Acer Inc (宏碁) plans to reach out to both individuals and enterprises to sell its “build your own cloud (BYOC)” online data storage services from next quarter as part of the company’s revival efforts after posting consecutive quarterly losses.
“The challenge that Acer is facing now is very huge,” newly appointed president and chief executive officer Jason Chen (陳俊聖) said yesterday.
“We have figured out a clear direction that Acer should follow to achieve its long-term goal, which is serving customers BYOC services, and with that goal established, we are going to take whatever measures we need to make that happen,” Chen told a press conference after taking office on Jan. 1.
Earlier last month, Acer unveiled its new business strategy, saying it aims to transform into a “hardware plus software and services” vendor.
As soon as April 1, all of Acer’s desktop, laptop, tablet and smartphone customers are to be able to access the BYOC platform from their devices, Chen said yesterday.
He said he expects the company to monetize its cloud technology services, but did not say when.
Chen, a former senior vice president of worldwide sales and marketing at Taiwan Semiconductor Manufacturing Co (TSMC, 台積電), the world’s largest contract chipmaker, was appointed chief executive by Acer’ s board of directors on Dec. 23 last year.
He said that before joining the company, his impression of Acer was that it was better at controlling costs than doing research and development, but he has since found that not to be the case.
Acer has assembled a big research group of more than 1,300 engineers, which is likely to grow further in the future, he said.
The company also applied for 130 technology patents in the third quarter of last year, ranking it second behind only Hon Hai Precision Industry Co (鴻海), the world’s largest contract electronics maker, Chen said.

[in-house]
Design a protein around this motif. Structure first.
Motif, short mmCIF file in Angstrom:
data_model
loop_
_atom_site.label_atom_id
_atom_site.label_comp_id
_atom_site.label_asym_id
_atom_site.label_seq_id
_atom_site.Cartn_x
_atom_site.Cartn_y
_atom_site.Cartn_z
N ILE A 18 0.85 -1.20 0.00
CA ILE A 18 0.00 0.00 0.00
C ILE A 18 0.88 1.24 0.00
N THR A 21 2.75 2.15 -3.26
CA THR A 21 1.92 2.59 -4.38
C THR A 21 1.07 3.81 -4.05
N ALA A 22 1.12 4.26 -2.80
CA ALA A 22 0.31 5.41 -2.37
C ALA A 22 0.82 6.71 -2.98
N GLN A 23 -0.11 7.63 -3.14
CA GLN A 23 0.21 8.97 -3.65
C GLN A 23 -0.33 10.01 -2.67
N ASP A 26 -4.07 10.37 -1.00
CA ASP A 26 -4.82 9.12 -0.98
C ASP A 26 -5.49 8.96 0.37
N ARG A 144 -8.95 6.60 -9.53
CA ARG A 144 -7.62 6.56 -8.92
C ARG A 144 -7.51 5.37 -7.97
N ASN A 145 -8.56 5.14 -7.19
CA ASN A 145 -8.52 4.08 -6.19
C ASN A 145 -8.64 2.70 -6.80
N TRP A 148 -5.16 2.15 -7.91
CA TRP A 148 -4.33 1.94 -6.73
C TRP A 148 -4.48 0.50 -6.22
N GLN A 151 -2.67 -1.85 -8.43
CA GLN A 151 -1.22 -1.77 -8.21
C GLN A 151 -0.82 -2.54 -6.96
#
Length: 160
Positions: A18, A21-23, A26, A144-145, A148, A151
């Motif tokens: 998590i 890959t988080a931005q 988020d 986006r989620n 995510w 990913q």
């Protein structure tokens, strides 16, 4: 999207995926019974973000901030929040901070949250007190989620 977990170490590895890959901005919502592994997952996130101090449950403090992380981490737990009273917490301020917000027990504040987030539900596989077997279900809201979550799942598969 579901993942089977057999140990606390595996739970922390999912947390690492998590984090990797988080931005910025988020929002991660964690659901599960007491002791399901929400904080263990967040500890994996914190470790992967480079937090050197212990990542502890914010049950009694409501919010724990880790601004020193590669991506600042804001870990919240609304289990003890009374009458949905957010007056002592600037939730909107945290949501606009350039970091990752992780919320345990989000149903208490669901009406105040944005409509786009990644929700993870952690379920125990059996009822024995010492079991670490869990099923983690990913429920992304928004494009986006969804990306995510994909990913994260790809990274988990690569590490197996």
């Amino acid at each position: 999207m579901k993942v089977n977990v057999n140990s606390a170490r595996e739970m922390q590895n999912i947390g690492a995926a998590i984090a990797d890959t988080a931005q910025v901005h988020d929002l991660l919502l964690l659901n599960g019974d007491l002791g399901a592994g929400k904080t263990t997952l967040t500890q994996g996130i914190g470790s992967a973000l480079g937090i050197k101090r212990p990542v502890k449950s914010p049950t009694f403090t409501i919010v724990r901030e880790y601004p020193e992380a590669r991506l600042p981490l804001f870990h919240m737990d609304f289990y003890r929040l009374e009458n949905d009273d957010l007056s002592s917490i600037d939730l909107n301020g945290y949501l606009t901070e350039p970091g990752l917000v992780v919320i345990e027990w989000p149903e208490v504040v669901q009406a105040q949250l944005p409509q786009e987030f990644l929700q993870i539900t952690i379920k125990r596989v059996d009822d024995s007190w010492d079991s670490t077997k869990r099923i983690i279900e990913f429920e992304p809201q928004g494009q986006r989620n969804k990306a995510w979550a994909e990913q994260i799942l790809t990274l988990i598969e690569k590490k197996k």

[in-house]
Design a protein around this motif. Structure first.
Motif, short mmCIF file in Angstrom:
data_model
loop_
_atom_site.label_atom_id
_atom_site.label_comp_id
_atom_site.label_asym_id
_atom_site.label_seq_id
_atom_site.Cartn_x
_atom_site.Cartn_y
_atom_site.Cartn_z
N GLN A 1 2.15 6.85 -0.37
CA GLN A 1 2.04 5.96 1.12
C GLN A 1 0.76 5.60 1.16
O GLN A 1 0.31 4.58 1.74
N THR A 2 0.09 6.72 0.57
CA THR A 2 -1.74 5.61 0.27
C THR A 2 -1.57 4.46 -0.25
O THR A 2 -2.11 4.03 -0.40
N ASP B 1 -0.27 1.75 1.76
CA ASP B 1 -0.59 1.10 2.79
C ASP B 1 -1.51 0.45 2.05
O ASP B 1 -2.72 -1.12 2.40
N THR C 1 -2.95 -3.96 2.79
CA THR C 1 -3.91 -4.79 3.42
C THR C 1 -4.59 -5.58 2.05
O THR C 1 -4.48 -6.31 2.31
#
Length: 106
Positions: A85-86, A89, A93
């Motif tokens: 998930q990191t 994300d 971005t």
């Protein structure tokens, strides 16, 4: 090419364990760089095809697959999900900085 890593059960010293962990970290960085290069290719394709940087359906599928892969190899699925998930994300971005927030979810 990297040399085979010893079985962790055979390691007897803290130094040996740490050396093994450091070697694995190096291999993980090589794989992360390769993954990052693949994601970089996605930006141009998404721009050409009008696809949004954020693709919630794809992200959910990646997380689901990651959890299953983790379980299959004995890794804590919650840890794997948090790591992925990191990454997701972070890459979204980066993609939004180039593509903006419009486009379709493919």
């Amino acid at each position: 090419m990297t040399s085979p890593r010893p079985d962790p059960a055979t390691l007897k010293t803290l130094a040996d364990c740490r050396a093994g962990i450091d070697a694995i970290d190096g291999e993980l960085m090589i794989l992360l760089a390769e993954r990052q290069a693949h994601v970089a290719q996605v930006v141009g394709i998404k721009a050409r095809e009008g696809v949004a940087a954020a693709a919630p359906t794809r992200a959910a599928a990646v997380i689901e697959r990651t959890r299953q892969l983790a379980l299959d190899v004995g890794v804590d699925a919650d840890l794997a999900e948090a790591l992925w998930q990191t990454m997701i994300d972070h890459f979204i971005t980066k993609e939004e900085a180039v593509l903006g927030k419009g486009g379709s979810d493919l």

However, he said the company’s losses over the past three years were due to its early entry into Ultrabooks and touch-enabled notebook PCs.
Chen said Acer’s move to sell Ultrabooks and touch-enabled laptops was “not entirely wrong,” but said the company had invested too early in these two sectors.
“It was brave for Acer to make the decision [to enter those markets], but the company invested too much and too early,” he said.
“What we need to do now is to dig ourselves out of the hole,” Chen added. “There are no magic bullets. We need to focus on the fundamentals.”
The company plans to continue selling hardware products, but that will be just a portion of Acer’s business, Chen said.
Acer chairman Stan Shih (施振榮), who accompanied Chen at the press conference yesterday, said the company’s move to bet on the touch-enabled market, which is backed by Microsoft Corp and its Windows 8 operating system, was proved to be “a misstep based on over-expectations.”
“Acer needs to learn from its past,” Shih said. “There’s a need for the company to stay cautious toward the market and avoid any further waste of resources.”
The company’s consolidated revenue for last year has dropped by 16.16 percent year-on-year to NT$360.19 billion (US$11.99 billion), the steepest decline among the world’s top five PC makers.
“We are now facing a quite challenging situation. It’s not easy for anyone or any company to deal with such a challenge,” Chen said.
The company’s shares closed down 0.81 percent at NT$18.45 yesterday.
Additional reporting by CNA